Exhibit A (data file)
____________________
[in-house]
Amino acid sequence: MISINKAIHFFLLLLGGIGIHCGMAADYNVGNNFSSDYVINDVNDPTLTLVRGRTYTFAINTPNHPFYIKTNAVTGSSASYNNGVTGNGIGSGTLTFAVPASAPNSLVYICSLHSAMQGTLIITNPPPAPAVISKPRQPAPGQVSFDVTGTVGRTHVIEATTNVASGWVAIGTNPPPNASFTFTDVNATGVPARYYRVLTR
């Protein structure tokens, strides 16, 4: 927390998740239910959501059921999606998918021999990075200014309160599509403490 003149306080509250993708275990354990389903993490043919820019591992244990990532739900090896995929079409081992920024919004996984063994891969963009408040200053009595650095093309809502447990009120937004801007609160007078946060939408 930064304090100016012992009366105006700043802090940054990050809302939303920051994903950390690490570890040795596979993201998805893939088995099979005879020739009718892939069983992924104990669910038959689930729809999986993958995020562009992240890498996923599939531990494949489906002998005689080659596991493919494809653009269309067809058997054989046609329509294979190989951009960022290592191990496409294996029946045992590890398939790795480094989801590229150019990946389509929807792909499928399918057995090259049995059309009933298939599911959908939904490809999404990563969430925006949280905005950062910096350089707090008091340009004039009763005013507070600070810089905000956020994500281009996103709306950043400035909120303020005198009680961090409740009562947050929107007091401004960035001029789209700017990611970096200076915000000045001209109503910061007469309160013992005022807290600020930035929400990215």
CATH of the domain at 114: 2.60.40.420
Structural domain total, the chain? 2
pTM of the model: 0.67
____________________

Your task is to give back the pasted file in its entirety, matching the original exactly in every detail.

[in-house]
Amino acid sequence: MISINKAIHFFLLLLGGIGIHCGMAADYNVGNNFSSDYVINDVNDPTLTLVRGRTYTFAINTPNHPFYIKTNAVTGSSASYNNGVTGNGIGSGTLTFAVPASAPNSLVYICSLHSAMQGTLIITNPPPAPAVISKPRQPAPGQVSFDVTGTVGRTHVIEATTNVASGWVAIGTNPPPNASFTFTDVNATGVPARYYRVLTR
């Protein structure tokens, strides 16, 4: 927390998740239910959501059921999606998918021999990075200014309160599509403490 003149306080509250993708275990354990389903993490043919820019591992244990990532739900090896995929079409081992920024919004996984063994891969963009408040200053009595650095093309809502447990009120937004801007609160007078946060939408 930064304090100016012992009366105006700043802090940054990050809302939303920051994903950390690490570890040795596979993201998805893939088995099979005879020739009718892939069983992924104990669910038959689930729809999986993958995020562009992240890498996923599939531990494949489906002998005689080659596991493919494809653009269309067809058997054989046609329509294979190989951009960022290592191990496409294996029946045992590890398939790795480094989801590229150019990946389509929807792909499928399918057995090259049995059309009933298939599911959908939904490809999404990563969430925006949280905005950062910096350089707090008091340009004039009763005013507070600070810089905000956020994500281009996103709306950043400035909120303020005198009680961090409740009562947050929107007091401004960035001029789209700017990611970096200076915000000045001209109503910061007469309160013992005022807290600020930035929400990215």
CATH of the domain at 114: 2.60.40.420
Structural domain total, the chain? 2
pTM of the model: 0.67